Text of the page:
Newcrest bets big on Greatland’s Havieron gold-copper project
Mining News Pro - Australia’s largest gold producer, Newcrest Mining, has signed a joint venture (JV) deal with Greatland Gold to continue advancing the Havieron gold-copper project in the Paterson region of Western Australia.
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The new agreement builds on the $65-million farm-in alliance the companies established last year, which has given Newcrest a 40% interest in the UK-based miner’s project so far.

The gold giant, who is the JV manager, is now entitled to earn an additional 20% in Havieron, but has the ability to grab up to 70% of the project.

As part of the deal, Newcrest has agreed to loan $50 million to its partner to fund early works and drilling at the Havieron project, located 45km east of the company’s Telfer gold-copper mine, and 500km east of rail and port infrastructure at Port Hedland.

To further its presence in the prospective Paterson province, Newcrest has also inked a farm-in and JV agreement with Greatland for the latter’s Black Hills and Paterson Range East exploration licenses.

The companies have named that alliance the Juri Joint Venture, to set it apart from the one they have at Havieron.

That arrangement grants Newcrest an initial 25% interest with the potential to earn up to a 75% stake if it invests A$20 million ($15m) over a five-year period.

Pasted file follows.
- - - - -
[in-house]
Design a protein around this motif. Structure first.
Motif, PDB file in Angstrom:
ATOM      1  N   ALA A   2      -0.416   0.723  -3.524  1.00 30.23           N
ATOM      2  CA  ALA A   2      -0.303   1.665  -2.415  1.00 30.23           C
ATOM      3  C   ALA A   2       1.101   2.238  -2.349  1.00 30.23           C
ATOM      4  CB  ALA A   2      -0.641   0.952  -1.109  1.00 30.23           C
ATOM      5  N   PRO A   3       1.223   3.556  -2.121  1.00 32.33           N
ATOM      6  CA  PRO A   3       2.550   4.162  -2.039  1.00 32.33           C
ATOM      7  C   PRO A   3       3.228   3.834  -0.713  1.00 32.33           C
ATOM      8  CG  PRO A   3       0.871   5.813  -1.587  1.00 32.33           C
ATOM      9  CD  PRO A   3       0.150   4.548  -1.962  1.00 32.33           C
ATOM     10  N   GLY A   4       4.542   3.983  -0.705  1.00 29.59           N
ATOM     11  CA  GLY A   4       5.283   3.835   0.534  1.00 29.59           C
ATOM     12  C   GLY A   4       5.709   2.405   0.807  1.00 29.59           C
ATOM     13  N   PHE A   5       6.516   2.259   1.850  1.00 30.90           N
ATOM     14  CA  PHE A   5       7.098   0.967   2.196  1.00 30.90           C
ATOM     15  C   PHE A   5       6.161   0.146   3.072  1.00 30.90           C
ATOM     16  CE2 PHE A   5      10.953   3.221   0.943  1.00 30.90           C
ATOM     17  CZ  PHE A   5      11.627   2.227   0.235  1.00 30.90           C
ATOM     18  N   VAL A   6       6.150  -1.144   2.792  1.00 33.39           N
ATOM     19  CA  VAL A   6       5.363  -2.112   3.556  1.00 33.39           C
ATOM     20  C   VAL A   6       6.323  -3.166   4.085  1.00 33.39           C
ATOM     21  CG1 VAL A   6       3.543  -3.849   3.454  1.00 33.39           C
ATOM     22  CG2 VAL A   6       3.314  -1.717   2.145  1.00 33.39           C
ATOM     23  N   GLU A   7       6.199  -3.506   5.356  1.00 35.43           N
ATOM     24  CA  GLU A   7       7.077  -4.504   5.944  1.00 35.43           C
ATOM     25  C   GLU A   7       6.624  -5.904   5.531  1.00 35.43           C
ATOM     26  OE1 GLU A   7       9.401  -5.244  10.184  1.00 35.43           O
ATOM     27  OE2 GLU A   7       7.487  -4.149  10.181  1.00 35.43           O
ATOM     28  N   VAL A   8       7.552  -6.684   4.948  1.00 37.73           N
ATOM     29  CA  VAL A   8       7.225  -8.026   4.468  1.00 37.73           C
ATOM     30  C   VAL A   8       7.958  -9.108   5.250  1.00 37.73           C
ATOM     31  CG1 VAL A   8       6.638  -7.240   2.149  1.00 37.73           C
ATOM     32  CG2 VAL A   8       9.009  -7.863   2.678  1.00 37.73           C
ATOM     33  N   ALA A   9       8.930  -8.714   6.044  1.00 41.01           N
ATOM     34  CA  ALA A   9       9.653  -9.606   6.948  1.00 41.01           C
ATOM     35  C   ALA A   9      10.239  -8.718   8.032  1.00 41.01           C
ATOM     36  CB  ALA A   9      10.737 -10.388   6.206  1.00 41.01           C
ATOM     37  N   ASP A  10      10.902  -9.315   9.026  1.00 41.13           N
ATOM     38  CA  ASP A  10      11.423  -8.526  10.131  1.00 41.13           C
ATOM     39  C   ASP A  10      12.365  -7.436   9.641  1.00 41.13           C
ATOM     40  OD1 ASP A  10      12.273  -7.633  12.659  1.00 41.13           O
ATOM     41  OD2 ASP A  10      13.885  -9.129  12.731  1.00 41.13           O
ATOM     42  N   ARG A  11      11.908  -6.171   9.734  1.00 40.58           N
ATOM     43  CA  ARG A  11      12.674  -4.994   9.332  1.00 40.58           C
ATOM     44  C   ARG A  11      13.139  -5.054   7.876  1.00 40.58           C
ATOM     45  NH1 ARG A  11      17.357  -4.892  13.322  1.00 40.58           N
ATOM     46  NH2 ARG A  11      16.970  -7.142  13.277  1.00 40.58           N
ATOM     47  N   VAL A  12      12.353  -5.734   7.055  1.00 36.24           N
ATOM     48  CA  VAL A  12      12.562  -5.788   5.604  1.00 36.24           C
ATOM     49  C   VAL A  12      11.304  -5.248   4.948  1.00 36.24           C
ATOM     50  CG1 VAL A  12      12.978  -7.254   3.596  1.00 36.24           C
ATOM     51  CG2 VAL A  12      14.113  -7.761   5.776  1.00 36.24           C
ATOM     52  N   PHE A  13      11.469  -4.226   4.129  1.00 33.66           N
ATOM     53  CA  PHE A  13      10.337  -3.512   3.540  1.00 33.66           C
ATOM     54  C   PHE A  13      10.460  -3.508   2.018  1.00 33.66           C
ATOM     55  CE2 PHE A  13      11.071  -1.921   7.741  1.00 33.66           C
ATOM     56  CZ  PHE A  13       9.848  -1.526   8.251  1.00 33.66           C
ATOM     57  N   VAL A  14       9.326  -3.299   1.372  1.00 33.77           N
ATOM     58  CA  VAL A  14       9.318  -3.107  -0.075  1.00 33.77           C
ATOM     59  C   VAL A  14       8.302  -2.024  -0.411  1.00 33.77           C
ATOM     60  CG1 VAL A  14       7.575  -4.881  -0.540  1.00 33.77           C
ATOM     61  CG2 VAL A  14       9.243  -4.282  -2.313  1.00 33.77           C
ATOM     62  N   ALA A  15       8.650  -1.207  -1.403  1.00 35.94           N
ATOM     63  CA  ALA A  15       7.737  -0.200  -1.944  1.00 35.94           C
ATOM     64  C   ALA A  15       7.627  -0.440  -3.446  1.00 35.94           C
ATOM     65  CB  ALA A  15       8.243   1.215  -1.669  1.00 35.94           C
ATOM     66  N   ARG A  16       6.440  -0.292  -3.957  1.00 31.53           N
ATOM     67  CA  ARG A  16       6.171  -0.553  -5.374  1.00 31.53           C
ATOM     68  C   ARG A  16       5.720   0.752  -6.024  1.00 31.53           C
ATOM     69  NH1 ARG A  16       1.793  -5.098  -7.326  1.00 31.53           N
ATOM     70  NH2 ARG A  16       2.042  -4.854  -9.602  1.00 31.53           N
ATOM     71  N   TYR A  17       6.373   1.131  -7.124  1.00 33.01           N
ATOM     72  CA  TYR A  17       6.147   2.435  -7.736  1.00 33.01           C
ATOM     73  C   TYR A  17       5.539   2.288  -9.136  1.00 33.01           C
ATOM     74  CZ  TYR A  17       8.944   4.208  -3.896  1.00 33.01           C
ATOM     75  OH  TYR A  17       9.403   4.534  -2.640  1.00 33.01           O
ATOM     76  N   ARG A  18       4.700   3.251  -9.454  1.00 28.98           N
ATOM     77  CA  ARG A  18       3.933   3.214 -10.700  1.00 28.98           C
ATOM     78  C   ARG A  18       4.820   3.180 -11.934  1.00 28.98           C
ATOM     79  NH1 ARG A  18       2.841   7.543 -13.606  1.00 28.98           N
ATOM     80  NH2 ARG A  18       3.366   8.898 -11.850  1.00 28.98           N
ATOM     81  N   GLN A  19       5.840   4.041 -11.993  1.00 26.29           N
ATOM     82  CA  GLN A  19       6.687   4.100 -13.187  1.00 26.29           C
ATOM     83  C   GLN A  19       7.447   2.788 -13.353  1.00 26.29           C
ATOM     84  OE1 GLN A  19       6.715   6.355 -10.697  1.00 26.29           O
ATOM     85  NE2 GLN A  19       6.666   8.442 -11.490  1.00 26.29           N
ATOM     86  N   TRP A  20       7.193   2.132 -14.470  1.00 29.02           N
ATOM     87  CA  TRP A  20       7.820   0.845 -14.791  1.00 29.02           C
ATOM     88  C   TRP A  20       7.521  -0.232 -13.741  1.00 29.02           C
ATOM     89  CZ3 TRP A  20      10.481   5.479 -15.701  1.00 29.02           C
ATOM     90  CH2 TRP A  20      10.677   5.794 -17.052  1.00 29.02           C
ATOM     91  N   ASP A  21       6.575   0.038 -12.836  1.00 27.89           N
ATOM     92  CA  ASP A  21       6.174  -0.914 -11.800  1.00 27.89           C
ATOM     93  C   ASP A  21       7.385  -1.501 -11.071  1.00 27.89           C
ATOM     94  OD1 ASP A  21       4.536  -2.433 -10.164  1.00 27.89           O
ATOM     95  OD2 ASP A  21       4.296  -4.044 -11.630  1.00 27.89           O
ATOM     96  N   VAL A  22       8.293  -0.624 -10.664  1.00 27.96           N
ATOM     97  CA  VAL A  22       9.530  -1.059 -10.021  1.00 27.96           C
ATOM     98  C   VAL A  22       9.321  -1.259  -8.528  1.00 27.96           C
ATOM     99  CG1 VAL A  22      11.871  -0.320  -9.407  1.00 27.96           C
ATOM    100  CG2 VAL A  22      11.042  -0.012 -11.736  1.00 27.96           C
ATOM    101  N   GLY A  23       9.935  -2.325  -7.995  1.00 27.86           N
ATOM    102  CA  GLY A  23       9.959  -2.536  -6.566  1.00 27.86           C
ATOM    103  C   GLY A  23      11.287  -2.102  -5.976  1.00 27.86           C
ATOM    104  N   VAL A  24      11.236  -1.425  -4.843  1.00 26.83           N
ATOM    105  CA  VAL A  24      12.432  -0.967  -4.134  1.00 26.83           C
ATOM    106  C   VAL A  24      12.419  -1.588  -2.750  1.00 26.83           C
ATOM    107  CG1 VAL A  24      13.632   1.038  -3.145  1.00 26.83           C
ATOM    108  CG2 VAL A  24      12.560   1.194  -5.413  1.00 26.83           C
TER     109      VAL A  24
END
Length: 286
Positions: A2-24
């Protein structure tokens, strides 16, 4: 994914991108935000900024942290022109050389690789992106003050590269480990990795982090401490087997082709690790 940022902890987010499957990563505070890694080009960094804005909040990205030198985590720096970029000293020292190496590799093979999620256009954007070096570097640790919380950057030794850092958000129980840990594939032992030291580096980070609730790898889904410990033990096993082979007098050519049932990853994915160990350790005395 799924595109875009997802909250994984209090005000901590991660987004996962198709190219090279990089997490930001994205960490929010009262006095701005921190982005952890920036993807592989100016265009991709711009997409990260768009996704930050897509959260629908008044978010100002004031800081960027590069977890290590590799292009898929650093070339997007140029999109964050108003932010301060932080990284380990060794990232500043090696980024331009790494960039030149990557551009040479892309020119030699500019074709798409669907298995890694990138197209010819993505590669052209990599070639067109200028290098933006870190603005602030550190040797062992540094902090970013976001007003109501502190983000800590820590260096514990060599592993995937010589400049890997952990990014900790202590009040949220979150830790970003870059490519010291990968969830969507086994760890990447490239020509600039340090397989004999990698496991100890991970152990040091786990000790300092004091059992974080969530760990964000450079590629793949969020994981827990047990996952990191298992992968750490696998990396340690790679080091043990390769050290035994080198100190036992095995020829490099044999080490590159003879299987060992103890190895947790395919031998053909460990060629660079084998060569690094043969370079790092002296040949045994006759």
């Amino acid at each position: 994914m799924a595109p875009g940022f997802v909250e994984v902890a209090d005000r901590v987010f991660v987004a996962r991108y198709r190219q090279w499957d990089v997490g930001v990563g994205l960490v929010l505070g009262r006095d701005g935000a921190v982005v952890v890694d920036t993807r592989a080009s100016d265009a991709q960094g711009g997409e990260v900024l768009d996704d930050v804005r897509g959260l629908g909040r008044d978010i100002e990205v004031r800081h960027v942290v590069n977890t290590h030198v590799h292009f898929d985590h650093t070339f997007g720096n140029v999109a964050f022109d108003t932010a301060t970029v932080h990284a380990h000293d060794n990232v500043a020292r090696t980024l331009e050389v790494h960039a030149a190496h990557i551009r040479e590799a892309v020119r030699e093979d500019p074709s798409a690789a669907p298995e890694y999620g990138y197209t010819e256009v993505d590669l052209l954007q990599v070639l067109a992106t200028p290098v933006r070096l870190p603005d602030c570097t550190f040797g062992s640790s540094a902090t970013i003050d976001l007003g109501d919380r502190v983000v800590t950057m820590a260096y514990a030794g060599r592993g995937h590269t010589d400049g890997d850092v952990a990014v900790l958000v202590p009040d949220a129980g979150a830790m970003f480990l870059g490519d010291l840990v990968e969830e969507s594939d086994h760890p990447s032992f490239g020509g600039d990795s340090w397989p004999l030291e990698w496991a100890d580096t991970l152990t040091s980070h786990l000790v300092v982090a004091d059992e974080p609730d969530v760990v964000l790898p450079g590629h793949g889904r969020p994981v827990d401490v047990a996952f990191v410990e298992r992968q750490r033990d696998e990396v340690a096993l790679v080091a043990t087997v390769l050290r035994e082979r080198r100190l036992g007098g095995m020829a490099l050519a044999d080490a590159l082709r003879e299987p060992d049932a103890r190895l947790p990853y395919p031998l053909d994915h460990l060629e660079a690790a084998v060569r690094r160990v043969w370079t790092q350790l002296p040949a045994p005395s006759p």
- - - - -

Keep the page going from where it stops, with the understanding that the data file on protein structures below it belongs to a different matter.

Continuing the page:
Greatland Gold will manage the Juri JV until the end of calendar year 2021, after which Newcrest will have the right to take over.

Seeking juniors
Newcrest, which is also the world’s No. 3 gold producer by market value, has been aggressively searching for juniors with appealing assets to jointly develop.

Early last year, it acquired a 70% stake in Canada’s Red Chris copper and gold mine from Imperial Metals (TSX: III).

The Paterson region hosts several large gold and/or copper deposits such as Nifty, Winu and Newcrest’s own Telfer.

The world’s second-largest mining company, Rio Tinto (ASX, LON:RIO), is very invested in the area and its recent application for nearly 30 exploration licenses has sparked a stampede into adjacent lots by other explorers, who see the miner’s aggressive activity as an indicator of a highly promising find.


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